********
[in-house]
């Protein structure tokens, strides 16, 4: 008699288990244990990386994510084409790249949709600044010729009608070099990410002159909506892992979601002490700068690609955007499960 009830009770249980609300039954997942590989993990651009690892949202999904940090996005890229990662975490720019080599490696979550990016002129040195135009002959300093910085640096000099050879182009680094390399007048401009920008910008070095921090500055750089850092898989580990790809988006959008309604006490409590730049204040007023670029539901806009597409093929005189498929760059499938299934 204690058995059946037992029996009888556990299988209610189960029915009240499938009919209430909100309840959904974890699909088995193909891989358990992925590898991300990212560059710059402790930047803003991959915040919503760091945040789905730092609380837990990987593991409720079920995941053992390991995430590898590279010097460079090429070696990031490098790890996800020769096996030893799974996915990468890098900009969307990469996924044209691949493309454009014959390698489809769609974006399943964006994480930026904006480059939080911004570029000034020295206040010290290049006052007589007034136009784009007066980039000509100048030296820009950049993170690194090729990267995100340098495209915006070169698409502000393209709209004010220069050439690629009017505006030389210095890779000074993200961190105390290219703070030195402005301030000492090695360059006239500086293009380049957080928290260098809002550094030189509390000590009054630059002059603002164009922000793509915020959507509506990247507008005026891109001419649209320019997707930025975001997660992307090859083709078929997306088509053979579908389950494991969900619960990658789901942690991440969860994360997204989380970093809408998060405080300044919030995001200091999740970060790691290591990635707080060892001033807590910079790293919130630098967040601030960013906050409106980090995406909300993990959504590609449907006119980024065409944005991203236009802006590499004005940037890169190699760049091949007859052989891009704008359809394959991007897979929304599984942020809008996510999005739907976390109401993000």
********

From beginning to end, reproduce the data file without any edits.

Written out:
[in-house]
């Protein structure tokens, strides 16, 4: 008699288990244990990386994510084409790249949709600044010729009608070099990410002159909506892992979601002490700068690609955007499960 009830009770249980609300039954997942590989993990651009690892949202999904940090996005890229990662975490720019080599490696979550990016002129040195135009002959300093910085640096000099050879182009680094390399007048401009920008910008070095921090500055750089850092898989580990790809988006959008309604006490409590730049204040007023670029539901806009597409093929005189498929760059499938299934 204690058995059946037992029996009888556990299988209610189960029915009240499938009919209430909100309840959904974890699909088995193909891989358990992925590898991300990212560059710059402790930047803003991959915040919503760091945040789905730092609380837990990987593991409720079920995941053992390991995430590898590279010097460079090429070696990031490098790890996800020769096996030893799974996915990468890098900009969307990469996924044209691949493309454009014959390698489809769609974006399943964006994480930026904006480059939080911004570029000034020295206040010290290049006052007589007034136009784009007066980039000509100048030296820009950049993170690194090729990267995100340098495209915006070169698409502000393209709209004010220069050439690629009017505006030389210095890779000074993200961190105390290219703070030195402005301030000492090695360059006239500086293009380049957080928290260098809002550094030189509390000590009054630059002059603002164009922000793509915020959507509506990247507008005026891109001419649209320019997707930025975001997660992307090859083709078929997306088509053979579908389950494991969900619960990658789901942690991440969860994360997204989380970093809408998060405080300044919030995001200091999740970060790691290591990635707080060892001033807590910079790293919130630098967040601030960013906050409106980090995406909300993990959504590609449907006119980024065409944005991203236009802006590499004005940037890169190699760049091949007859052989891009704008359809394959991007897979929304599984942020809008996510999005739907976390109401993000």